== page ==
Hype can have both a positive and negative effect, especially when it comes to music. On one hand, it can draw up interest and reveal something to a new audience that perhaps was not aware of the band or album. On the other hand, when the praise hits a fever pitch and seems in complete overdrive, it can turn people away from the music for an admittedly dumb reason.
I admit that when I got the new Carcass record, I already had been overwhelmed with praise and enthusiastic reviews, and I had the record about two months before street date. So that early wave of frenzy was a little much for me, and it had a negative effect on my experience with the record initially because I had been inundated with glowing words about it. Then I got over it, ignored what I already had heard (over and over) and realized it’s just a killer record that had longtime fans going overboard because they got something they’d been waiting for.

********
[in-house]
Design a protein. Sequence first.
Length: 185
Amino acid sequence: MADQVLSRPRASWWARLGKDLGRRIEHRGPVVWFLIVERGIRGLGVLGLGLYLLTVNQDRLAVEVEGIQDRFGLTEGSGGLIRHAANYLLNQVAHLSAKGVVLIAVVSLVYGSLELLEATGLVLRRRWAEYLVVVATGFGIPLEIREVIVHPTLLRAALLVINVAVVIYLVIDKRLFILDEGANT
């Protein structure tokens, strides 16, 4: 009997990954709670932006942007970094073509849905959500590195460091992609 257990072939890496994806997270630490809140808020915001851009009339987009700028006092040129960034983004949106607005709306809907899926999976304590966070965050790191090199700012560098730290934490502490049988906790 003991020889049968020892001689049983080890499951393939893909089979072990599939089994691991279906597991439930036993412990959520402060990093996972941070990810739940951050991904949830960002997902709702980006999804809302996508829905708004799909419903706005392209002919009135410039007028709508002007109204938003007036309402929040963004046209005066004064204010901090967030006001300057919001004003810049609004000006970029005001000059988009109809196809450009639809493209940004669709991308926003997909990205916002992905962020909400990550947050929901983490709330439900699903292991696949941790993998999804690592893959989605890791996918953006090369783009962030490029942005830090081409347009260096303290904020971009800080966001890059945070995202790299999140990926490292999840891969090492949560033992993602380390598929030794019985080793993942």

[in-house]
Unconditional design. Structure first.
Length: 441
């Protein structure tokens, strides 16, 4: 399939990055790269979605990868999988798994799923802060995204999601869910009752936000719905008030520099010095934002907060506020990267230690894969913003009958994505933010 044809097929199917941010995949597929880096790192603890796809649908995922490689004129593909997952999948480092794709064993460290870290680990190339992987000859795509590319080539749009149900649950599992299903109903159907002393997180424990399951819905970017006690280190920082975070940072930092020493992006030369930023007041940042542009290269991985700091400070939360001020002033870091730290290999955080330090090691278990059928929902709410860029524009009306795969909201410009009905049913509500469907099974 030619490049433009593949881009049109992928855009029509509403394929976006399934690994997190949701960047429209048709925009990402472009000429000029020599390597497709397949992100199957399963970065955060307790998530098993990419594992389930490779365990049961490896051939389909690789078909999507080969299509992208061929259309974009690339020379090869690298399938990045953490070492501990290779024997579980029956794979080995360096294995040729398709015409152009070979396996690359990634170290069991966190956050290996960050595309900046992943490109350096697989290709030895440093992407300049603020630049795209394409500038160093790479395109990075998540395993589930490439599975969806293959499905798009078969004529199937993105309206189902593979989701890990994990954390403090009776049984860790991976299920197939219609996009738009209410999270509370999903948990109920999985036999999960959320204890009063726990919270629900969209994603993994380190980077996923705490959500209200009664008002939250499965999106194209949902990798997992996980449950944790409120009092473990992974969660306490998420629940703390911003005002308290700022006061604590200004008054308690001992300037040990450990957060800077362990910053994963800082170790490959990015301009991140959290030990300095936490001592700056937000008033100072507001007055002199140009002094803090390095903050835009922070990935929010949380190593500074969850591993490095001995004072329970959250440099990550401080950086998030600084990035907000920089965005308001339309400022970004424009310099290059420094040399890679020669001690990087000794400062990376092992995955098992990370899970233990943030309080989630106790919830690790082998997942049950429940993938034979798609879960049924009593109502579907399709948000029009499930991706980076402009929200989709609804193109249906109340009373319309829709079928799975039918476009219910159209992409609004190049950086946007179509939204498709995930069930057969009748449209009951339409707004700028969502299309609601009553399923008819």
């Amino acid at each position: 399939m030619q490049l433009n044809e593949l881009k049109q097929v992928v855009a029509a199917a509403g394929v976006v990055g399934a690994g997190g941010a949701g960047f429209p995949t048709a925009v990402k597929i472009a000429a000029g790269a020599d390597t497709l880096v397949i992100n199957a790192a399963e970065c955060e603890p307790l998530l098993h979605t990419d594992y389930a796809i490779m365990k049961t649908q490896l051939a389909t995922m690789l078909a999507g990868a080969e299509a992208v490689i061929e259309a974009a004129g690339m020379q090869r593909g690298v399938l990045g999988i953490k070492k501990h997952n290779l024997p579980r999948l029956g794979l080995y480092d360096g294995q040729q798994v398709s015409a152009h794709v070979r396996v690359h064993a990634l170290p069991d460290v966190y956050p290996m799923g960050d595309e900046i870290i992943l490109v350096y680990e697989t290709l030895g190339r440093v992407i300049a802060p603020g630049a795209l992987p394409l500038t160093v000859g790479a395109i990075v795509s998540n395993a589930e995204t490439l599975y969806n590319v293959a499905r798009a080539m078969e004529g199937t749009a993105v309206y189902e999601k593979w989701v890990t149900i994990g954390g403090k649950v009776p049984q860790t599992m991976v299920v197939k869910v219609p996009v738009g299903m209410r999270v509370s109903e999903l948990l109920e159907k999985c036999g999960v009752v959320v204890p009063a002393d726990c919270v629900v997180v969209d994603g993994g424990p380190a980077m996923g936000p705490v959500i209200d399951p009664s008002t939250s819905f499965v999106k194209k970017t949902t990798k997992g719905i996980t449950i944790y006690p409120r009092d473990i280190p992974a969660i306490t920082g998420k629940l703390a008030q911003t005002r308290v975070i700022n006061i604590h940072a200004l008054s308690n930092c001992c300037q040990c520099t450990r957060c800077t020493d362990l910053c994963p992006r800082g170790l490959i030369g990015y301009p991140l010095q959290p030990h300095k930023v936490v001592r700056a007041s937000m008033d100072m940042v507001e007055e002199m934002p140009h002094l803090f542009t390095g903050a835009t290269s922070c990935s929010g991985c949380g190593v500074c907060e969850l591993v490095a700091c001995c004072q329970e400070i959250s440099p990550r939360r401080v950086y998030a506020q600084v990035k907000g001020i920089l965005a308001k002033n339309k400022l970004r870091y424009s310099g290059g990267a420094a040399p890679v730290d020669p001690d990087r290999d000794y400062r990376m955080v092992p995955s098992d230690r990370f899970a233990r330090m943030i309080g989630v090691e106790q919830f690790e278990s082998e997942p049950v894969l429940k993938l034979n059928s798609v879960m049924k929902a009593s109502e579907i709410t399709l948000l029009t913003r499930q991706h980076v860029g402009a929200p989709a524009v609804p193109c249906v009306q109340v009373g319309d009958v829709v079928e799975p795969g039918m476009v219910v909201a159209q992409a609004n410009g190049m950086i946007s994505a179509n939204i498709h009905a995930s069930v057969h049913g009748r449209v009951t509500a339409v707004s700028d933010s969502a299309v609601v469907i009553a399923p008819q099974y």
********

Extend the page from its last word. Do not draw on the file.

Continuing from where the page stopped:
If you follow sites like ours, and ones larger that blanket the terrain of extreme metal, no doubt you have heard everyone going batshit over “The White Goddess (A Grammar of Poetic Myth),” the new record from German epic metal band Atlantean Kodex. You pretty much can’t avoid it. Because of my Carcass experience, I purposely tried to avoid the umpteen million reviews that came before this one so I could digest the album with a clear mind. Not that it was impossible to avoid all the hype, but I can still read headlines and such in my Twitter and Facebook feeds, so I knew people were going nuts. But now that I have–repeatedly–visited this record, I’m not sure if it would have mattered if I had read one other review or a million. This record is just stunning, a perfect portrait of epic metal that harkens back to Bathory, Helloween, Manilla Road, and Candlemass, and Atlantean Kodex’s power is just crushing. Spend some time with “The White Goddess” and see if the songs don’t begin to etch themselves permanently into your brain.